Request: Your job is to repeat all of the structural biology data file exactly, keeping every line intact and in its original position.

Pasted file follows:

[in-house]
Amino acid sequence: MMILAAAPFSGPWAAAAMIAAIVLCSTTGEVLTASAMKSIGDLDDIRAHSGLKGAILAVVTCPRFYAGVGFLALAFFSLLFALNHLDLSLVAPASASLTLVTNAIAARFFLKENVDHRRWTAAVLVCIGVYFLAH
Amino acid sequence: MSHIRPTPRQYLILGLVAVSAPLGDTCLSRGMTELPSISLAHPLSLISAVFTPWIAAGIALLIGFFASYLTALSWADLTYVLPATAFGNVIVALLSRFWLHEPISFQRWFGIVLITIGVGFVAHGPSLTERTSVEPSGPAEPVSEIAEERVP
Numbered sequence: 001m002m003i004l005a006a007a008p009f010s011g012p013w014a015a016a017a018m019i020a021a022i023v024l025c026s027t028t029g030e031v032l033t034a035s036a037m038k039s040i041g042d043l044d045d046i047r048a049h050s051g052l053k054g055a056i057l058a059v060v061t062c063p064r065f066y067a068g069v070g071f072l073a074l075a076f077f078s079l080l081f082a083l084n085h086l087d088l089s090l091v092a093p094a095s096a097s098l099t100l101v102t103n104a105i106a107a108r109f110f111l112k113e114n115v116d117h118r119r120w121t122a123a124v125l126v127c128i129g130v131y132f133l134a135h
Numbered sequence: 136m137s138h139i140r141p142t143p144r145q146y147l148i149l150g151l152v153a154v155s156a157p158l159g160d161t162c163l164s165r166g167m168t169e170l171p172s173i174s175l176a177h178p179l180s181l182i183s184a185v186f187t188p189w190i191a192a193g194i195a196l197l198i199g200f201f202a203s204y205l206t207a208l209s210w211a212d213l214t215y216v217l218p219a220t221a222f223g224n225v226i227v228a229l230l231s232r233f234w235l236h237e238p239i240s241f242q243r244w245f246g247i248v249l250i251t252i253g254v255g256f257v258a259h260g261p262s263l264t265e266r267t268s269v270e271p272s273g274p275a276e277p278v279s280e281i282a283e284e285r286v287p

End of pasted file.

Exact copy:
[in-house]
Amino acid sequence: MMILAAAPFSGPWAAAAMIAAIVLCSTTGEVLTASAMKSIGDLDDIRAHSGLKGAILAVVTCPRFYAGVGFLALAFFSLLFALNHLDLSLVAPASASLTLVTNAIAARFFLKENVDHRRWTAAVLVCIGVYFLAH
Amino acid sequence: MSHIRPTPRQYLILGLVAVSAPLGDTCLSRGMTELPSISLAHPLSLISAVFTPWIAAGIALLIGFFASYLTALSWADLTYVLPATAFGNVIVALLSRFWLHEPISFQRWFGIVLITIGVGFVAHGPSLTERTSVEPSGPAEPVSEIAEERVP
Numbered sequence: 001m002m003i004l005a006a007a008p009f010s011g012p013w014a015a016a017a018m019i020a021a022i023v024l025c026s027t028t029g030e031v032l033t034a035s036a037m038k039s040i041g042d043l044d045d046i047r048a049h050s051g052l053k054g055a056i057l058a059v060v061t062c063p064r065f066y067a068g069v070g071f072l073a074l075a076f077f078s079l080l081f082a083l084n085h086l087d088l089s090l091v092a093p094a095s096a097s098l099t100l101v102t103n104a105i106a107a108r109f110f111l112k113e114n115v116d117h118r119r120w121t122a123a124v125l126v127c128i129g130v131y132f133l134a135h
Numbered sequence: 136m137s138h139i140r141p142t143p144r145q146y147l148i149l150g151l152v153a154v155s156a157p158l159g160d161t162c163l164s165r166g167m168t169e170l171p172s173i174s175l176a177h178p179l180s181l182i183s184a185v186f187t188p189w190i191a192a193g194i195a196l197l198i199g200f201f202a203s204y205l206t207a208l209s210w211a212d213l214t215y216v217l218p219a220t221a222f223g224n225v226i227v228a229l230l231s232r233f234w235l236h237e238p239i240s241f242q243r244w245f246g247i248v249l250i251t252i253g254v255g256f257v258a259h260g261p262s263l264t265e266r267t268s269v270e271p272s273g274p275a276e277p278v279s280e281i282a283e284e285r286v287p